Less common, and much more dangerous, is the Cottonmouth, also known as a Water Moccasin.


The way to distinguish this snake is the stripe along the side of the head, as well as the white mouth. Very rare in the Piedmont region but more common in the eastern part of the state. It is fairly docile and more likely to flee rather than engage someone who disturbs it. This snake is highly dangerous, though, and its venom can be fatal. They prefer swamps, streams, lakes and creek areas.

Next we have the Pigmy Rattlesnake. This is a small, fat snake found in Southeastern NC as far west as the Charlotte area but not generally found too far north of Charlotte. Not very aggressive, and not commonly seen. Generally found near water, such as creeks, marshy areas and pine forests.


The snake’s rattle is tiny and emits a buzzing sound which is hard to hear unless you are within 2-3 feet. Not known to be particularly aggressive, and will flee rather than attack a larger human, unless cornered. Can be seen crossing roads from time to time, but many have never seen one. Maximum size for these is two feet, so it is not a big snake. Its venom is more like a copperhead’s: devoid of neurotoxins and this snake is unable to produce much of it. Its bite will be quite painful, however, and requires medical attention.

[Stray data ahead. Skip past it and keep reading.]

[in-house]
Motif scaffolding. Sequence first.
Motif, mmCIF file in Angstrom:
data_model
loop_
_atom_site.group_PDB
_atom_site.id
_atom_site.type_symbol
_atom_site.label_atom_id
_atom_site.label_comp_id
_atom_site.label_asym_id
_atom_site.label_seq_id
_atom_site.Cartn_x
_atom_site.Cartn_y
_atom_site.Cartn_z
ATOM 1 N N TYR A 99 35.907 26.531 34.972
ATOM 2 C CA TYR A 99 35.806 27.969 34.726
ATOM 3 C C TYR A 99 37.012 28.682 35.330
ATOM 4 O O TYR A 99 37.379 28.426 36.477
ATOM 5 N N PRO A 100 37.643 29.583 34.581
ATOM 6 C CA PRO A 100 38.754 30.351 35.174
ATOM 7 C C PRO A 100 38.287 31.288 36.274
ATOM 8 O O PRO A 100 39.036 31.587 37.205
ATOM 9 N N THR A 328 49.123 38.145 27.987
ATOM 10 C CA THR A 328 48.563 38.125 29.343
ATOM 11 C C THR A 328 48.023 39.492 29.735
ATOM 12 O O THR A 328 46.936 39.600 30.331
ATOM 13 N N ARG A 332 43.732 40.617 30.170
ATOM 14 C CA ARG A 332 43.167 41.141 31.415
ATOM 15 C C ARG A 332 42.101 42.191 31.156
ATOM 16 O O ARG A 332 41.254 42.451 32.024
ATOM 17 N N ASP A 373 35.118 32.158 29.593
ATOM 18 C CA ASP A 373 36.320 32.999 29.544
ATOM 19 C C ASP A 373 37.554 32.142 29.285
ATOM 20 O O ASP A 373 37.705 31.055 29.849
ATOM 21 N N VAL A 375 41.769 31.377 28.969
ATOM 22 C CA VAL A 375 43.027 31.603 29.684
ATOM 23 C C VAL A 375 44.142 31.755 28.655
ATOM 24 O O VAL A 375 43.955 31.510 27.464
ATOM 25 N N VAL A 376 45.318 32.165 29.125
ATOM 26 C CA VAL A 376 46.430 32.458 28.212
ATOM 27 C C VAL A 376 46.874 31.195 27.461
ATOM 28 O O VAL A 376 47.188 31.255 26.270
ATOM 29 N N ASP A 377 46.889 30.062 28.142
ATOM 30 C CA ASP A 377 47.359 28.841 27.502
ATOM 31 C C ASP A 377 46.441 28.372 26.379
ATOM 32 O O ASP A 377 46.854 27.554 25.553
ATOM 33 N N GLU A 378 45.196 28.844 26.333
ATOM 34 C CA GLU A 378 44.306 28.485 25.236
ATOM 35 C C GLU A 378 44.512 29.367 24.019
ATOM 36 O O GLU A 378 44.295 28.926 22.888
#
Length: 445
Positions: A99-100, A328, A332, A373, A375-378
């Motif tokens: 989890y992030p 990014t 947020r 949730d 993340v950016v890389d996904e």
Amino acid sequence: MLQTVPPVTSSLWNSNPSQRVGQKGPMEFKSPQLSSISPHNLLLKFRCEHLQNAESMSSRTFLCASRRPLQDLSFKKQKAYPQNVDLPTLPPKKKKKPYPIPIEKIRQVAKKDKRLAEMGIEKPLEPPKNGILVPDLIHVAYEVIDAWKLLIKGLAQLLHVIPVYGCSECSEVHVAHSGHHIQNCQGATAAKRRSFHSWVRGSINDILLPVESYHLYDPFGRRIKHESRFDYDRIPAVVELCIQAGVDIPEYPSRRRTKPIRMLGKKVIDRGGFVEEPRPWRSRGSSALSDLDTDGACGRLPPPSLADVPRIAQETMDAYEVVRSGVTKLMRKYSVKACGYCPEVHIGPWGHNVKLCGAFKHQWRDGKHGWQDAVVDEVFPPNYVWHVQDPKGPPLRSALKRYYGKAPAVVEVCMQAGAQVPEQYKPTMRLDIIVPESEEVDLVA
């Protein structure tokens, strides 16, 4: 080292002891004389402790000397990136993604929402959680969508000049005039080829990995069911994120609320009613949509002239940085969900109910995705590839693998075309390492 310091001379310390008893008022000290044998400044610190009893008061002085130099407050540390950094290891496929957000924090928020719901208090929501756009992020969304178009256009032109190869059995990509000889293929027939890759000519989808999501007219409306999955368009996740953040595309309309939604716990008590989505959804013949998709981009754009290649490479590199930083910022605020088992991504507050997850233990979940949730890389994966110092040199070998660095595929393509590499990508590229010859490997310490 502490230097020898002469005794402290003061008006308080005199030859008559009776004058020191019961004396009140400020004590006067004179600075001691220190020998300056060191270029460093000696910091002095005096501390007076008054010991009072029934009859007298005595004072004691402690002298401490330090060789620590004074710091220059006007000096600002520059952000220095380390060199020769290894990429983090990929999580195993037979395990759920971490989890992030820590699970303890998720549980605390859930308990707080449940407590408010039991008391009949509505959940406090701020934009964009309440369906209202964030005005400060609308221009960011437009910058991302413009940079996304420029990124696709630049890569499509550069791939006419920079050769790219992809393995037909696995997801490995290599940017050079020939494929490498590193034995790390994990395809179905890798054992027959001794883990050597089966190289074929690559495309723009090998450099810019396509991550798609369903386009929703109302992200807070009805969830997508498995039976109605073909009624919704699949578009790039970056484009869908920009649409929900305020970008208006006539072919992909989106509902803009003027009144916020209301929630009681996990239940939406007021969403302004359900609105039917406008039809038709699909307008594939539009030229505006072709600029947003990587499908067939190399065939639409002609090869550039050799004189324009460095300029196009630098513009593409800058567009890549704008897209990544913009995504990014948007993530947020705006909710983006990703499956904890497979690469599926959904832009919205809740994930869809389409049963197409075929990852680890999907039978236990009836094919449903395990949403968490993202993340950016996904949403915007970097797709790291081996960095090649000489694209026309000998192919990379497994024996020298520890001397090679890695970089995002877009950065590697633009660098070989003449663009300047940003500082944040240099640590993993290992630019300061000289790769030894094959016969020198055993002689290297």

The most common rattlesnake in North Carolina is the Timber Rattlesnake, or Canebrake Rattler. Found almost everywhere in the state, it is a medium-sized rattlesnake of fairly docile disposition. Will rattle its tail when approached but is more likely to flee than attack. But one caveat: individual snakes can be wildly aggressive when encountered, while others will not even attempt to rattle a warning. They will simply move away.


Given its unpredictable nature, it is best to steer clear of these. Unlike the Pigmy Rattlesnake and the Copperhead, the venom in the Timber Rattler is very strong and contains potent neurotoxins. Deaths have occurred from these snakes’ venom.